Monday’s Meditation: On Why We Chicken Out & How Not To

Monday, February 20, 2017

There are lessons in life that come to us in the form of broad, vague abstractions, and there are those that are of the acute variety. 

While skiing recently, I experienced the latter sort, the kind that hits you over the head with its significance. Duh, it seems to say. You getting this?

Why we chicken out and how not to.

I love skiing. No matter that I absolutely refused to strap on a pair of skis during multiple family ski trips taken as a child, preferring instead to munch on the giant rice crispy treats and glug back the hot chocolate that for my sister and cousins were the reward for braving the cold slopes. People change. Ski bums evolve.

Still, that stint of protesting the slopes set me back several years of experience. Today, I am an enthusiastic, albeit mildly timid skier (I’m told the cautiousness one feels about the prospect of breaking one’s limbs or killing oneself is part of the normal ascent into adulthood–another reason, perhaps, why I should have begun when I was much too young to consider such unhappy possibilities.).

While my nerve has seemed to vary in the past without much of any discernible reason (I nonchalantly skimmed down a black diamond the first time I decided to ski), this time a very obvious pattern emerged: any time I stood at the top of what appeared to be a daunting, steep, drop off, I lost my nerve.

I stared at the incline. I granted the butterflies in my stomach a bevy of seconds too many to flutter their nauseating wings. I told myself I could do it. I knew I could do it. I could almost do it! But I couldn’t do it by then; I’d studied myself scared.

“No, not ready,” I’d announce, sticking my poles in the snow and heaving myself back up, like a kid climbing down the steps of a diving board. “Can’t. Hey, let’s do this easy one, okay great.”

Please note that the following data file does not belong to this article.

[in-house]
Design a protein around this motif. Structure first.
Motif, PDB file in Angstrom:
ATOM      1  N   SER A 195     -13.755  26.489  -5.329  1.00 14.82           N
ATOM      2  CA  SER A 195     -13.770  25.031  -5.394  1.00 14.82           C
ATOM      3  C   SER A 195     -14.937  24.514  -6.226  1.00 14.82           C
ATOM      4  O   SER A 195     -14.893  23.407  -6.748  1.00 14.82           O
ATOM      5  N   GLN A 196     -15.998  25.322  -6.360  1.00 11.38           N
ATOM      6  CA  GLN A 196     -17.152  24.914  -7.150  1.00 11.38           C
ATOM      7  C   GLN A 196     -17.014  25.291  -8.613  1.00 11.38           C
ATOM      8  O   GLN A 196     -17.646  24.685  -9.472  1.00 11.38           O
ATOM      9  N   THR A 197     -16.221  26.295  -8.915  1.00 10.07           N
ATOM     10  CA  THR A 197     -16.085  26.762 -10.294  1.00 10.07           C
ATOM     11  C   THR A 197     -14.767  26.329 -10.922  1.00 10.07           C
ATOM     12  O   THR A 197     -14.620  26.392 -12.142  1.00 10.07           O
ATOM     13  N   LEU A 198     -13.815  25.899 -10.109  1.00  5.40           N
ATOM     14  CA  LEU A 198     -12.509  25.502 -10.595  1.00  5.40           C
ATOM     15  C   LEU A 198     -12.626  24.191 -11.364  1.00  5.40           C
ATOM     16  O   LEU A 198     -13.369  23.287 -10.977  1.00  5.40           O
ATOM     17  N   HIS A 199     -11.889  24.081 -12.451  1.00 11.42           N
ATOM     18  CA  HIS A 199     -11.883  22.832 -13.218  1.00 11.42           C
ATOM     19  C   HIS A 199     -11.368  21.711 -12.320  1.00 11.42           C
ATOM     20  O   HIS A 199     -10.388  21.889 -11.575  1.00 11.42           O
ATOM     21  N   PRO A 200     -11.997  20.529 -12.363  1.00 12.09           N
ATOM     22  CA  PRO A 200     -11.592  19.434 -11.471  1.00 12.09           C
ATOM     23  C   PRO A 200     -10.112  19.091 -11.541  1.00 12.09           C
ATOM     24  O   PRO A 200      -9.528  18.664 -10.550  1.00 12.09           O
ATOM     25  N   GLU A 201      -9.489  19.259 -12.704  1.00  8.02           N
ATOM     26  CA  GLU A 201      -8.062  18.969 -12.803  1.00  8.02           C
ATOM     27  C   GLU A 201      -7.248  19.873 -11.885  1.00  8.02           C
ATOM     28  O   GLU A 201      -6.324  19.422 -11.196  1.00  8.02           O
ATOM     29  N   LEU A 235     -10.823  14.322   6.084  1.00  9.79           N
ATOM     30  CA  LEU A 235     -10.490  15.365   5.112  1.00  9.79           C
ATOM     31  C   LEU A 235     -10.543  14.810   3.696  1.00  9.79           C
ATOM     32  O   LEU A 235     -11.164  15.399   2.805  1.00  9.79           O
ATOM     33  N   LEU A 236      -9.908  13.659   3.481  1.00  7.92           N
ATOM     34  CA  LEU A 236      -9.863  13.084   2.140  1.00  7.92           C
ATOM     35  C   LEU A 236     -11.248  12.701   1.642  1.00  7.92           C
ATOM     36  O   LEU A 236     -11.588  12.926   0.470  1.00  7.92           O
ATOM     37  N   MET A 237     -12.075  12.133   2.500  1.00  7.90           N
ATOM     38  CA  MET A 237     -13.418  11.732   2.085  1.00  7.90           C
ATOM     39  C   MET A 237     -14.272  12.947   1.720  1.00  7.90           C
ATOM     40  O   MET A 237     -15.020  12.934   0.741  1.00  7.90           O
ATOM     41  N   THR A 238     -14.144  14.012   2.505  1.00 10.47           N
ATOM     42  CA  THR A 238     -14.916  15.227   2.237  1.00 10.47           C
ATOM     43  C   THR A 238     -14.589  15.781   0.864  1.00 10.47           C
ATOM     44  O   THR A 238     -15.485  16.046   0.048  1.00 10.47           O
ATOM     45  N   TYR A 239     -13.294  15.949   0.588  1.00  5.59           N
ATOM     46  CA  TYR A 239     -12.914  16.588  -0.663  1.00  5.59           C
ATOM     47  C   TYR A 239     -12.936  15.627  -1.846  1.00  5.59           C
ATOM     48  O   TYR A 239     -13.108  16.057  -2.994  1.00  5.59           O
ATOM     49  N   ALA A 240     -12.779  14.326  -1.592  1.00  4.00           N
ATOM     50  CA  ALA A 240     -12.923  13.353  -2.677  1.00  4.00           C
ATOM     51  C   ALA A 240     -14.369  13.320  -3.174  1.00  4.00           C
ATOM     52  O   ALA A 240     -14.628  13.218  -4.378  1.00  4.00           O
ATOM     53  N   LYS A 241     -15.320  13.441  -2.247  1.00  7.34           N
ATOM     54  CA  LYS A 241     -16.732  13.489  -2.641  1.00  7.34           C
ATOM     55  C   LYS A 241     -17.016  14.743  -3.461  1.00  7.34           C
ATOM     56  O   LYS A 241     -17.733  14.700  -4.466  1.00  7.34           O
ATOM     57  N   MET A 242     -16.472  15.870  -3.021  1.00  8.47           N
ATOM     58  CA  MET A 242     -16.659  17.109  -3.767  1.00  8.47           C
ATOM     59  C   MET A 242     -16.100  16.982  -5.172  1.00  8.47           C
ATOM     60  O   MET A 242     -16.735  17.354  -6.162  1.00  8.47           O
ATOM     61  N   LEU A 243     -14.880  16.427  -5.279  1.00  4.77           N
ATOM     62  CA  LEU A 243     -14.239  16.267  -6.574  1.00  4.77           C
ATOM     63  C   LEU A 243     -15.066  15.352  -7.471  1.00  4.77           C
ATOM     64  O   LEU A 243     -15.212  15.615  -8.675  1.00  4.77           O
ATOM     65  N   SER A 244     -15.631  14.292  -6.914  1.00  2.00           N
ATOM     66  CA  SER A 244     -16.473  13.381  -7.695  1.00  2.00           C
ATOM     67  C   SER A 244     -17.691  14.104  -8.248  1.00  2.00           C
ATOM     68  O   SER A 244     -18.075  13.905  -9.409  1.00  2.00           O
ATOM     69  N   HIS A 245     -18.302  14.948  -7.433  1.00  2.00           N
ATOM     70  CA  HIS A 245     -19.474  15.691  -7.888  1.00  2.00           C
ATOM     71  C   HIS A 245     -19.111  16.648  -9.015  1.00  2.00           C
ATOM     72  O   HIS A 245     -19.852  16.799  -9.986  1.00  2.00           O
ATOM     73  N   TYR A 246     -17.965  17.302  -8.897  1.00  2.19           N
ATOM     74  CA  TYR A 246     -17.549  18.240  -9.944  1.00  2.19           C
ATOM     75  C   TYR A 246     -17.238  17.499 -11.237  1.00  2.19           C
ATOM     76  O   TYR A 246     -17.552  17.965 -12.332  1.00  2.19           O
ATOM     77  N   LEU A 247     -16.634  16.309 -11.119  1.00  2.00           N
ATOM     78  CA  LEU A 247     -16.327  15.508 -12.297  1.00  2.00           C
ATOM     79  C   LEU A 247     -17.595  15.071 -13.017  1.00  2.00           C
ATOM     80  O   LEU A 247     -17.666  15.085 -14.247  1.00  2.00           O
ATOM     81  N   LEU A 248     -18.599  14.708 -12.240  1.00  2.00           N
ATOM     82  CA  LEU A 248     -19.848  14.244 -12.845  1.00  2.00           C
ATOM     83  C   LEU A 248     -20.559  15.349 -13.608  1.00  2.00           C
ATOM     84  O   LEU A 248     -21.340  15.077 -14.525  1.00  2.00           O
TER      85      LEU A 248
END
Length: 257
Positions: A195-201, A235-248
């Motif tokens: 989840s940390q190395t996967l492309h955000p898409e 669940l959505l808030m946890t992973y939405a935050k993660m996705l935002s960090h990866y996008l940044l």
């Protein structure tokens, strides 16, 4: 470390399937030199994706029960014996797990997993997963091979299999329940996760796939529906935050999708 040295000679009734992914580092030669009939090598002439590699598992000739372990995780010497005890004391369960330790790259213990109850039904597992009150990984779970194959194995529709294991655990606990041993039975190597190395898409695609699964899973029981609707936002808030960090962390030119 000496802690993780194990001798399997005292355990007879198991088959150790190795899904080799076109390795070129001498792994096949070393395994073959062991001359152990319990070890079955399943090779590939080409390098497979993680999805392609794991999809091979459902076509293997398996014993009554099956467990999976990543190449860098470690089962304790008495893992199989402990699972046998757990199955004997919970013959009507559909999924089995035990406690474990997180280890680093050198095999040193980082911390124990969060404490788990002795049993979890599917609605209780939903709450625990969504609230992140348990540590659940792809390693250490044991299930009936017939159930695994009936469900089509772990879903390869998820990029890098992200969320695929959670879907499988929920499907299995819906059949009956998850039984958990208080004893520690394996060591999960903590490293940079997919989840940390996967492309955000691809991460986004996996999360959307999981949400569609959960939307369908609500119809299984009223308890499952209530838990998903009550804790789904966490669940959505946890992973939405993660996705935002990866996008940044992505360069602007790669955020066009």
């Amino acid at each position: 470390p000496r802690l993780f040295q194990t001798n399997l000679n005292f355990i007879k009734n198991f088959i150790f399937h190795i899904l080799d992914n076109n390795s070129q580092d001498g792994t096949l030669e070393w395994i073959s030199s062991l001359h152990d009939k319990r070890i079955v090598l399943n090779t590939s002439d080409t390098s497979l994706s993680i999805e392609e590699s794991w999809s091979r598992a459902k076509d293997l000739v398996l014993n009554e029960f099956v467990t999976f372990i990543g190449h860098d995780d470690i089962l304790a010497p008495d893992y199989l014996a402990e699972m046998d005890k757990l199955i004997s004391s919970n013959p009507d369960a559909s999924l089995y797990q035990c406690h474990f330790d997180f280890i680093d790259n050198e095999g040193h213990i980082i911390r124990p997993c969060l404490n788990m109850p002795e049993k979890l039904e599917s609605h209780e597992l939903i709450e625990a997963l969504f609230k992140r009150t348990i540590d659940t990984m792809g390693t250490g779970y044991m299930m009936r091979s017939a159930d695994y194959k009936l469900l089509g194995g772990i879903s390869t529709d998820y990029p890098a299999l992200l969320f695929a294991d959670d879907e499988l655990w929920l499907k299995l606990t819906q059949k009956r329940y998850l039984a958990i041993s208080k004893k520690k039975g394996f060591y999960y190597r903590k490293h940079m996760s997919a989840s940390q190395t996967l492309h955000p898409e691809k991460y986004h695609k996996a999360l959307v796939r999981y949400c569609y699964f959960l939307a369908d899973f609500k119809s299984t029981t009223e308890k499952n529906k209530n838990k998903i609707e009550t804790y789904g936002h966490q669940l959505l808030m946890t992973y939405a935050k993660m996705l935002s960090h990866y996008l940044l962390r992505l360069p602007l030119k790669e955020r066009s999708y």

And on the other hand, there were the times when I chose not to stop before skiing down. I got off that chairlift, skied right towards that black diamond and then kept on going. And I didn’t fall on the way down, either.

Every time, it happened that way. 

When I stopped to stare, and contemplate, and wonder whether I had it in me, and whether I’d break my body if I tried, I chickened out. I pictured arm casts and crutches. I saw in an instant the long trajectory of recovery that I might have avoided if only I hadn’t attempted to challenge myself. “Should have known I couldn’t do it.” I heard my future-injured self saying in my head.

When I went for it, not letting myself so much as pause, I weaved my way down with confidence and control. Knees slightly bent, skis parallel, adapting to the terrain, I was Lindsey Vonn. I was exhilarated. I was having a blast

The lesson was, and is, as I have already categorized, obvious.

The longer we indulge doubt and fear, the more paralyzed and freaked out we become. The more time we stand listening to our fight-or-flight, mammalian, scaredy cat brains, the less capable we are of proceeding with boldness, courage and creative flair.